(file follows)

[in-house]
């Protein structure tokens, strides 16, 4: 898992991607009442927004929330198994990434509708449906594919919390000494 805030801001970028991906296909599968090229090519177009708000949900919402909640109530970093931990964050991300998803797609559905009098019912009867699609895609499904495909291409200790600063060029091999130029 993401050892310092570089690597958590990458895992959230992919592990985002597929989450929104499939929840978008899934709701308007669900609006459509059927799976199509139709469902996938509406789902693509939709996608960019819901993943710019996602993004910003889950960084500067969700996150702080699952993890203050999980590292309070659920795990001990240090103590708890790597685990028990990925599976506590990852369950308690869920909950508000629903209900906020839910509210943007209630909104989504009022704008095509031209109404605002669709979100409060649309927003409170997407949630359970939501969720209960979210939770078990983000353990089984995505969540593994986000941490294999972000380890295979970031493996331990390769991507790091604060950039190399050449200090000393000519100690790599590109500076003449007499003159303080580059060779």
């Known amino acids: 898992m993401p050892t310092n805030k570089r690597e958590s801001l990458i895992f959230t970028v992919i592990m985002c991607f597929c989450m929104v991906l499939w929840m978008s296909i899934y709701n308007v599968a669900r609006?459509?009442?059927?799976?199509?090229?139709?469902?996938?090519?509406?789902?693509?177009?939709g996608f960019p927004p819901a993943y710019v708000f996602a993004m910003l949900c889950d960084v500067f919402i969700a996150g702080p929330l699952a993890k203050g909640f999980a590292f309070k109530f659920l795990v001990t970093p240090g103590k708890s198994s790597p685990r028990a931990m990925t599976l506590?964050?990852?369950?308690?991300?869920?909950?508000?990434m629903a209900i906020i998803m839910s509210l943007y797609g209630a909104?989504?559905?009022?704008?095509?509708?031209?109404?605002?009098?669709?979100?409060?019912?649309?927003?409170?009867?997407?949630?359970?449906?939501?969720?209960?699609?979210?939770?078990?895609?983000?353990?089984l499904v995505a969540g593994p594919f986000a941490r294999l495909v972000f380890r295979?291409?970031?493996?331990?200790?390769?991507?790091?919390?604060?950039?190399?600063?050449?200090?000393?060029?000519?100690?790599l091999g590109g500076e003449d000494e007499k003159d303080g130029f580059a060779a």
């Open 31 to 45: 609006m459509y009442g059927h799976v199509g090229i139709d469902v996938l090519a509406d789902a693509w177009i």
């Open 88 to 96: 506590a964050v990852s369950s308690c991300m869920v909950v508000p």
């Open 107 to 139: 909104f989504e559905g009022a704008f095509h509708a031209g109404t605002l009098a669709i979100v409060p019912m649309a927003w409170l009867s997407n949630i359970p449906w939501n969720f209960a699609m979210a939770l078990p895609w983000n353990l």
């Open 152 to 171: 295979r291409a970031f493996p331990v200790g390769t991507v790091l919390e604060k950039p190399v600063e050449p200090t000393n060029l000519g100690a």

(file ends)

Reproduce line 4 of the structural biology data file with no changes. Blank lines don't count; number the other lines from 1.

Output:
């Open 31 to 45: 609006m459509y009442g059927h799976v199509g090229i139709d469902v996938l090519a509406d789902a693509w177009i």